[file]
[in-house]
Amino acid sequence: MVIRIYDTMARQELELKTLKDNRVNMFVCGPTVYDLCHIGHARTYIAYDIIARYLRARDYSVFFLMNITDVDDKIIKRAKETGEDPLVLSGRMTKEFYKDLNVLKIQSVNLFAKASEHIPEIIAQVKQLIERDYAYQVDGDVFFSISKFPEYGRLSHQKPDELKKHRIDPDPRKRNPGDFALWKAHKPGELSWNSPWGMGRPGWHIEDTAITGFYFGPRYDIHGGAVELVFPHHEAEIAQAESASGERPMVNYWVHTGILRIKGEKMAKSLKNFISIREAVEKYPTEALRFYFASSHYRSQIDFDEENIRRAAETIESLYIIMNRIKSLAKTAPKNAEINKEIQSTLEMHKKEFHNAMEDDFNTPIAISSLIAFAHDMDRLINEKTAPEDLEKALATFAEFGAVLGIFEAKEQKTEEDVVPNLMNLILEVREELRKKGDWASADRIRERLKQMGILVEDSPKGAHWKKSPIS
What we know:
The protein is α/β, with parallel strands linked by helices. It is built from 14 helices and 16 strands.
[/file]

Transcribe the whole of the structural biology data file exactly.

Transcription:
[in-house]
Amino acid sequence: MVIRIYDTMARQELELKTLKDNRVNMFVCGPTVYDLCHIGHARTYIAYDIIARYLRARDYSVFFLMNITDVDDKIIKRAKETGEDPLVLSGRMTKEFYKDLNVLKIQSVNLFAKASEHIPEIIAQVKQLIERDYAYQVDGDVFFSISKFPEYGRLSHQKPDELKKHRIDPDPRKRNPGDFALWKAHKPGELSWNSPWGMGRPGWHIEDTAITGFYFGPRYDIHGGAVELVFPHHEAEIAQAESASGERPMVNYWVHTGILRIKGEKMAKSLKNFISIREAVEKYPTEALRFYFASSHYRSQIDFDEENIRRAAETIESLYIIMNRIKSLAKTAPKNAEINKEIQSTLEMHKKEFHNAMEDDFNTPIAISSLIAFAHDMDRLINEKTAPEDLEKALATFAEFGAVLGIFEAKEQKTEEDVVPNLMNLILEVREELRKKGDWASADRIRERLKQMGILVEDSPKGAHWKKSPIS
What we know:
The protein is α/β, with parallel strands linked by helices. It is built from 14 helices and 16 strands.